Back in the day when I went to school, classroom technology was limited to this:
It was mobile because it was on a cart. The little fan spun around in the back. That was kinda neat.
Technology in education has progressed leaps and bounds since the 1990s. If your school was anything like mine, budgets and administrative constraints meant that you couldn’t take advantage of all the latest advancements. It’s like the new joke that already sounds trite:
If your kids are like the “typical” Generation Zer, she’s probably already a whizz with mobile and digital learning. If they’ve been online at an early age, they’re already used to exploring the digital world around them. They’re comfortable with it and aren’t afraid they’ll break it. Even if their classrooms aren’t equipped with the latest holographic displays, they can take advantage of digital resources to succeed in relatively low-tech school.
Even if those ways require being less digitally dependent so they can better prepare for class.
This might sound like an old, but worth repeating: encourage your child to read.
Here’s the catch: read print books.
Even better? Boost reading comprehension with a tutor.
According to one study from 2015, many college-aged kids who grew up on Kindle and e-readers prefer buying print copies of their assignments. Even if the e-copies were given away for free. The answer: print books discourage skimming and scanning that screen reading makes so easy. No ads. No sound effects. No adjusting lighting and font size settings. No clickable pictures. No new web tabs. No writing made up of short and incomplete sentences or #impropersyntax. No sound bites like the sentences in the paragraph. Just you and a book.
But how can technology help with that?
By doing what it does best, open doors.
If your child likes to read already, then bravo! You’re a great parent.
But try this little experiment: Download a free e-book, say Harry Castelmon’s Our Fellow; or, Skirmishes with Swamp Dragons. It reproduces an old book faithfully, complete with original pictures and vintage ads from 1872.
Then, switch off the internet.
And have Junior read out loud to you. Just a few minutes, every day. And you can prove you’re paying attention by reading along. In doing so, you emphasize the social aspects of learning.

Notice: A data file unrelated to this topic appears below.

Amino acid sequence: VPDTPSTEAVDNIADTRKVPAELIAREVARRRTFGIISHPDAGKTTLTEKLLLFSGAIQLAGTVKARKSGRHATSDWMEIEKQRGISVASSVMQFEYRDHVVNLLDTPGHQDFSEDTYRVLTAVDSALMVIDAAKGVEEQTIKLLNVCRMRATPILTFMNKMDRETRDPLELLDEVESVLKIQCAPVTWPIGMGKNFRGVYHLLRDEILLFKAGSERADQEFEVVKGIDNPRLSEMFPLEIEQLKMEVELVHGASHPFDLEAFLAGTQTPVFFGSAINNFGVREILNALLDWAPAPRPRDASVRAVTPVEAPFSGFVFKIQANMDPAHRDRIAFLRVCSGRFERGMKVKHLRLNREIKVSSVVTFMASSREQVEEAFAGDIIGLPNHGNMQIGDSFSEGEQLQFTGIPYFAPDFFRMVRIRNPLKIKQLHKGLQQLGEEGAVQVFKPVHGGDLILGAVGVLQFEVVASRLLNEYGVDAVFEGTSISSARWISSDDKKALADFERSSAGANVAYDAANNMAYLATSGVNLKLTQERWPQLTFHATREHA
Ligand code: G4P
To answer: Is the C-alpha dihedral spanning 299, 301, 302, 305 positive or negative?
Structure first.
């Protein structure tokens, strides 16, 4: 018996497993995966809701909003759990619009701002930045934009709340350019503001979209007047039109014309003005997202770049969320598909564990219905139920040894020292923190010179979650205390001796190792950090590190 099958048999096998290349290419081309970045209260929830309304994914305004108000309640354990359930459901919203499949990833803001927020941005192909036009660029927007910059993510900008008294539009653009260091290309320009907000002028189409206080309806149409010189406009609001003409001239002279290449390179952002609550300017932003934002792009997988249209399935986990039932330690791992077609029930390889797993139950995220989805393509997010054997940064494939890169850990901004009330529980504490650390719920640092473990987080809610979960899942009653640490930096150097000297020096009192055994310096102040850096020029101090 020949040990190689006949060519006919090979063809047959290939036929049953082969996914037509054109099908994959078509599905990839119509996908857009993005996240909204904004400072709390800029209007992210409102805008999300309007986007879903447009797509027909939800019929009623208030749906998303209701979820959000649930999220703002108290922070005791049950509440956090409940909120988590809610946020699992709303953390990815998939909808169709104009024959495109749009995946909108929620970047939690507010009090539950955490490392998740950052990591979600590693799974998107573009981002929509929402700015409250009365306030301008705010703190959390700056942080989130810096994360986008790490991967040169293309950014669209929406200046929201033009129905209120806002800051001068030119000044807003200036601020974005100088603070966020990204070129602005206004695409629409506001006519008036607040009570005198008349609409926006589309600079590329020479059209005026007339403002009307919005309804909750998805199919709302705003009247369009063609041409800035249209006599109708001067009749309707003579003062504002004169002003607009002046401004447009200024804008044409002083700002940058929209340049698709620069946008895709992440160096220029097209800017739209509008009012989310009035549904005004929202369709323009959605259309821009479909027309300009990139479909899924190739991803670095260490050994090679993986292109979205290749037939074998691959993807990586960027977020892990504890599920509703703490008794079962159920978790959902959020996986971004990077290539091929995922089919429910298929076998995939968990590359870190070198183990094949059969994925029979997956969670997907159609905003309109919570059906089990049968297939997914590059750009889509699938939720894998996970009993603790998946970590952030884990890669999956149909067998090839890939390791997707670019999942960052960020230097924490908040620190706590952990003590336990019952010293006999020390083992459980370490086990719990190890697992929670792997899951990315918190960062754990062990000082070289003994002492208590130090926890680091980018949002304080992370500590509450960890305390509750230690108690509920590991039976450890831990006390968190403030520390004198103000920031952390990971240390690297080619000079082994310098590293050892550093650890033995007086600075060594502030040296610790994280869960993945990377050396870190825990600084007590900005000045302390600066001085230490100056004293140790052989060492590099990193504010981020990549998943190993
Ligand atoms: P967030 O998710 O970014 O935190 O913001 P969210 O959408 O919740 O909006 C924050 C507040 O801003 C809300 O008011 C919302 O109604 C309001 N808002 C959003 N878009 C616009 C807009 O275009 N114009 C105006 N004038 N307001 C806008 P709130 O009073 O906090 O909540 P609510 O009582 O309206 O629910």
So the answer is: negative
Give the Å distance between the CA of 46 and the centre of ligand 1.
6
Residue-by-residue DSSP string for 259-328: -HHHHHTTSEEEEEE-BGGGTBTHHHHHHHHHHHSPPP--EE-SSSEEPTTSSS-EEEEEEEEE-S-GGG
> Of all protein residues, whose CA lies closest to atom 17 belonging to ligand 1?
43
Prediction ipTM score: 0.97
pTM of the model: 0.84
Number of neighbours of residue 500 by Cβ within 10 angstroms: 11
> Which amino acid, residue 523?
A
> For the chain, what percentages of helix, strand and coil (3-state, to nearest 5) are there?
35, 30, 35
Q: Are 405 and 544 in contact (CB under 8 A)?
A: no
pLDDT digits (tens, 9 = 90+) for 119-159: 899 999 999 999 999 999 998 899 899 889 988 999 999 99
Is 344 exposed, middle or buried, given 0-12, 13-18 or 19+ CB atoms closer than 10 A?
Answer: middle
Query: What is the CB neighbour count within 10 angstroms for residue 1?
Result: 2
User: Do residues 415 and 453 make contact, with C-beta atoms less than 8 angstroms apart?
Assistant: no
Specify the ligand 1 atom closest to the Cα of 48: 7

Break a Sweat
Getting ready for school means getting back to large work loads. Homework. Classwork. Mental strain in general.
Sure, workout out problems can be good for flexing your brain power. But there’s a darker side: work overload can cause students to burn out. Kids go to school because they have to. But going to college is a choice, and freshmen who drop out of college cite stress, too many expectations, and depression. Students give up, drop out, or choose self-destructive choices instead of working them out.
So, what to do about it?
Work them out. Literally, by working out.
Exercise is one of the best ways to fight off stress. Working your body improves your mood by releasing “feel good” antidepressants in your body, and can help relax your brain. You can improve your sleep, improve your appetite, and burn off calories at the same time.
What’s in it for a digital native?
Video game exercising is one of the largest booming digital industries. Since over 90% of kids and adolescents play video games, the industry and nutritionists have teamed up with smartphone apps and traditional console games to get kids moving. Some of these exergaming programs are free and some aren’t, while some require specific equipment. But whichever ones you do, the game itself is less important than the benefits for the body—and the mind.
So, power up your screen with a book. And then relax by working it out!